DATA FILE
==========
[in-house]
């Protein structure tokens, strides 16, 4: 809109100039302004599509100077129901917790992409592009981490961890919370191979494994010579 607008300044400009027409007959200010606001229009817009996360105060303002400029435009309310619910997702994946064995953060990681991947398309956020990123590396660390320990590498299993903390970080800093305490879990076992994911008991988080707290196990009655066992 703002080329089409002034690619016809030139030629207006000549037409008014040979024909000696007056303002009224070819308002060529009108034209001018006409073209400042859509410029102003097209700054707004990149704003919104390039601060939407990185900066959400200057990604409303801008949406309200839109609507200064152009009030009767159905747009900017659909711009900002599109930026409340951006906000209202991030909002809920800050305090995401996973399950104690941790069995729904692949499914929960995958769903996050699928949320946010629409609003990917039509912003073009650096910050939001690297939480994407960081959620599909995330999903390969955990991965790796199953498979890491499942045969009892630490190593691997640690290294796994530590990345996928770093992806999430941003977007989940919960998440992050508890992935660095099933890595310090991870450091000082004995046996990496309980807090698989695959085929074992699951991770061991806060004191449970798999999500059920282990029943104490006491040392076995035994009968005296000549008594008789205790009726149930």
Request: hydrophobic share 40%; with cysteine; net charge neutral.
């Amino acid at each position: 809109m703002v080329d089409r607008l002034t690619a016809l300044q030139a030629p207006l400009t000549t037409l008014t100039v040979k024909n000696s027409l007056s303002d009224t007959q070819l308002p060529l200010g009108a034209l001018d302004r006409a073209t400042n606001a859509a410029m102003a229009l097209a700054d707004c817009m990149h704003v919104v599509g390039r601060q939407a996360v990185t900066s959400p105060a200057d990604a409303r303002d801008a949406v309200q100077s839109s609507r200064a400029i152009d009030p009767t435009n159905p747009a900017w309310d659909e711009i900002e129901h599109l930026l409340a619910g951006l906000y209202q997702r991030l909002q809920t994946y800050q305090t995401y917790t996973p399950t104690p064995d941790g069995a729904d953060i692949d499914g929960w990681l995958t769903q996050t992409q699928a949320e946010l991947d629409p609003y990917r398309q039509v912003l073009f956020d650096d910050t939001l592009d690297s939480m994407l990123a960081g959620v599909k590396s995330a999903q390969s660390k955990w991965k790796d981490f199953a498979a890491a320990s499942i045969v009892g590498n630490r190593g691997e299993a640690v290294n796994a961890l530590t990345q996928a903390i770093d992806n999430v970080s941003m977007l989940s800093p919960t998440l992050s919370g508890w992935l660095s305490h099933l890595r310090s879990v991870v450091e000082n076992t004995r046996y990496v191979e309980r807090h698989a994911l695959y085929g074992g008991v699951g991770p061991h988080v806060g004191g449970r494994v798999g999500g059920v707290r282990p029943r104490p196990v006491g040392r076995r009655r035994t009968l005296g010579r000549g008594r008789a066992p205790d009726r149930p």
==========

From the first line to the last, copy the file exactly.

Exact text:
[in-house]
């Protein structure tokens, strides 16, 4: 809109100039302004599509100077129901917790992409592009981490961890919370191979494994010579 607008300044400009027409007959200010606001229009817009996360105060303002400029435009309310619910997702994946064995953060990681991947398309956020990123590396660390320990590498299993903390970080800093305490879990076992994911008991988080707290196990009655066992 703002080329089409002034690619016809030139030629207006000549037409008014040979024909000696007056303002009224070819308002060529009108034209001018006409073209400042859509410029102003097209700054707004990149704003919104390039601060939407990185900066959400200057990604409303801008949406309200839109609507200064152009009030009767159905747009900017659909711009900002599109930026409340951006906000209202991030909002809920800050305090995401996973399950104690941790069995729904692949499914929960995958769903996050699928949320946010629409609003990917039509912003073009650096910050939001690297939480994407960081959620599909995330999903390969955990991965790796199953498979890491499942045969009892630490190593691997640690290294796994530590990345996928770093992806999430941003977007989940919960998440992050508890992935660095099933890595310090991870450091000082004995046996990496309980807090698989695959085929074992699951991770061991806060004191449970798999999500059920282990029943104490006491040392076995035994009968005296000549008594008789205790009726149930």
Request: hydrophobic share 40%; with cysteine; net charge neutral.
């Amino acid at each position: 809109m703002v080329d089409r607008l002034t690619a016809l300044q030139a030629p207006l400009t000549t037409l008014t100039v040979k024909n000696s027409l007056s303002d009224t007959q070819l308002p060529l200010g009108a034209l001018d302004r006409a073209t400042n606001a859509a410029m102003a229009l097209a700054d707004c817009m990149h704003v919104v599509g390039r601060q939407a996360v990185t900066s959400p105060a200057d990604a409303r303002d801008a949406v309200q100077s839109s609507r200064a400029i152009d009030p009767t435009n159905p747009a900017w309310d659909e711009i900002e129901h599109l930026l409340a619910g951006l906000y209202q997702r991030l909002q809920t994946y800050q305090t995401y917790t996973p399950t104690p064995d941790g069995a729904d953060i692949d499914g929960w990681l995958t769903q996050t992409q699928a949320e946010l991947d629409p609003y990917r398309q039509v912003l073009f956020d650096d910050t939001l592009d690297s939480m994407l990123a960081g959620v599909k590396s995330a999903q390969s660390k955990w991965k790796d981490f199953a498979a890491a320990s499942i045969v009892g590498n630490r190593g691997e299993a640690v290294n796994a961890l530590t990345q996928a903390i770093d992806n999430v970080s941003m977007l989940s800093p919960t998440l992050s919370g508890w992935l660095s305490h099933l890595r310090s879990v991870v450091e000082n076992t004995r046996y990496v191979e309980r807090h698989a994911l695959y085929g074992g008991v699951g991770p061991h988080v806060g004191g449970r494994v798999g999500g059920v707290r282990p029943r104490p196990v006491g040392r076995r009655r035994t009968l005296g010579r000549g008594r008789a066992p205790d009726r149930p």